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Skull Man Comp Collection

1 out of 5 stars 1 customer review

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Product Details

  • Format: Animated, Color, Dolby, DVD-Video, Full Screen, Subtitled, NTSC
  • Language: Japanese
  • Subtitles: English
  • Region: Region 1 (US and Canada This DVD will probably NOT be viewable in other countries. Read more about DVD formats.)
  • Number of discs: 2
  • MPAA Rating: UNRATED
  • Studio: eOne Films
  • Release Date: Feb. 2 2010
  • Run Time: 325 minutes
  • Average Customer Review: 1.0 out of 5 stars 1 customer review
  • ASIN: B0030BOCKA
  • Amazon Bestsellers Rank: #107,829 in DVD (See Top 100 in DVD)
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Product Description

The Skull Man: Complete Collection

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Top Customer Reviews

A Kid's Review on July 16 2010
I purchased this because I read some reviews off the net that this was a short but amazing series. Usually, reviews are right and bingo I got a series I enjoy.

Unfortunately, The Skull Man back-fired totally. After watching 4 episodes I abandoned it... The story did not move much than an inch within 4 episodes, not much action, but i figured that when it was a like detective thing.

My guess, and this is a guess here people, is that it takes a few more episodes before you finally get to actually SEE Skullman. Only a picture was taken and you know not even 1 word of information on the guy. He killed someone, why? No clue. What is his mission? No clue again.

I love when I series can pick my curiosity right off the first episode. I even give chance to up to a disc (4-5 episodes usually) before handing out a verdict. This one, I am selling and not worth keeping in my anime collection. It is however going on my black list to not buy or watch ever again.
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Most Helpful Customer Reviews on Amazon.com (beta)

Amazon.com: HASH(0x9f6609d8) out of 5 stars 8 reviews
32 of 33 people found the following review helpful
HASH(0x9f6811a4) out of 5 stars The Skull-faced Phantom Feb. 4 2010
By Zack Davisson - Published on Amazon.com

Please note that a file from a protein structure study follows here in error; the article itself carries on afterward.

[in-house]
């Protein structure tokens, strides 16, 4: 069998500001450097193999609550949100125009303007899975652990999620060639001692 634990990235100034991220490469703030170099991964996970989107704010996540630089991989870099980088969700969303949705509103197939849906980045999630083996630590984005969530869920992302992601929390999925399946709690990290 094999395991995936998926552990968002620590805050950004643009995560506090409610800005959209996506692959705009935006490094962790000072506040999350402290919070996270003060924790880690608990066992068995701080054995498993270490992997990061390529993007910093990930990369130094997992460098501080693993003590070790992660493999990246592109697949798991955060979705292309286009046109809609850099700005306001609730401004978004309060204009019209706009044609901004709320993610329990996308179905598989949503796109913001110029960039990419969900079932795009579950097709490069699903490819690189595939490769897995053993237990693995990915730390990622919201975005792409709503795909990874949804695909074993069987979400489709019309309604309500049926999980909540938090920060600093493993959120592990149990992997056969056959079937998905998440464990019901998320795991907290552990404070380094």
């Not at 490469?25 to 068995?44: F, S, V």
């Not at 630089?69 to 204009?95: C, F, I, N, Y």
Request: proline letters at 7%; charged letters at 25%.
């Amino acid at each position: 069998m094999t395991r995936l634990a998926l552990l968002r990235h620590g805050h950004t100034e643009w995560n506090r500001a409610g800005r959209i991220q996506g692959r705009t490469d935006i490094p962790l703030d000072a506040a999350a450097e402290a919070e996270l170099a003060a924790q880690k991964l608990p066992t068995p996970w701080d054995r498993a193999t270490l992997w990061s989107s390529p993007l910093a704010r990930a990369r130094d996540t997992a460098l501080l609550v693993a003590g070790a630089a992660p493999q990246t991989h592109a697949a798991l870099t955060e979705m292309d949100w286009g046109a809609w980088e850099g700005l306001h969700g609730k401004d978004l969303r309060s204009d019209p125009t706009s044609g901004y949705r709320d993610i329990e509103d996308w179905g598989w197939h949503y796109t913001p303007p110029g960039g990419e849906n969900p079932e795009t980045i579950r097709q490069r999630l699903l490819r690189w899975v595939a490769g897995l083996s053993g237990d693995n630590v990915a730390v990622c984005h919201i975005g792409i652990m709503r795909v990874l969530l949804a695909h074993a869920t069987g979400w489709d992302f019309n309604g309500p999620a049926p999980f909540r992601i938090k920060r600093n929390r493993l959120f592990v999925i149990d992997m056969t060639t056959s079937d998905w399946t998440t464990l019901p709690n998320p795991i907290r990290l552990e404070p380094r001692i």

"Skull Man" is a series with an interesting legacy. Created in 1970 by legendary Ishinomori Shotaro, "Skull Man" was Japan's first anti-hero, a dark crusader who didn't mind if a few innocents got killed on his quest for vengeance. The one-shot story appeared in Shonen Magazine, and was an instant hit. Ishinomori was asked to re-develop the character in a lighter and less gruesome style for a kid's television program, and the masked hero Kamen Rider was born. More than thirty years later "Kamen Rider" is still on the air, while character who gave birth to him, "Skull Man," had faded to obscurity.

In the late 90s, a dying Ishinomori contacted manga artist Shinamoto Kazuhiko with his last wish: Ishinomori wanted Shinamoto to finish the story of "Skull Man" started so many years ago. Ishinomori faxed Shinamoto his plot and story notes, then Shinamoto took it from there. Skull Man was revived in 1998 to great success. In 2007, Studio Bones (Rahxephon, Wolf's Rain) updated and adapted "Skull Man" for a thirteen-episode Fuji TV series, which has finally been released in the US.

The setting for "Skull Man" is a divided Japan, split into North and South sections which are guarded by an armed border. On the Northern side, there are urban legends of a mysterious skull-faced killer stalking the streets. On the Southern side, newbie reporter Mikogami Hayato thinks that this "Skull Man" might just be the big break he needs to catapult him to fame, and convinces his editor to send him over to the North to find the truth behind the rumors. Hayato was raised in an orphanage in the Northern Otomo city and has contacts on the Northern side in the form of Kuroshiro Gozo, a powerful businessman.

At the border, Hayato meets Mamiya Kiriko, a young girl who dreams of becoming a Pulitzer-winning photojournalist. The two strike up an uneasy partnership, and go on a hunt for leads to the Skull Man. Their path quickly leads them to the White Bell Society, a new and powerful religious sect in Otomo city, and onto the trail of Kagura Tatsuo, a man killed ten years ago in an arson case but who Hayato tags as the leading suspect for the identity of the Skull Man. As the investigation progresses, it seems that everyone, from the innocent Kiriko to Hayato's powerful ally Gozo, is hiding some secret connecting them to the White Bell Society and the mysterious and dangerous Skull Man.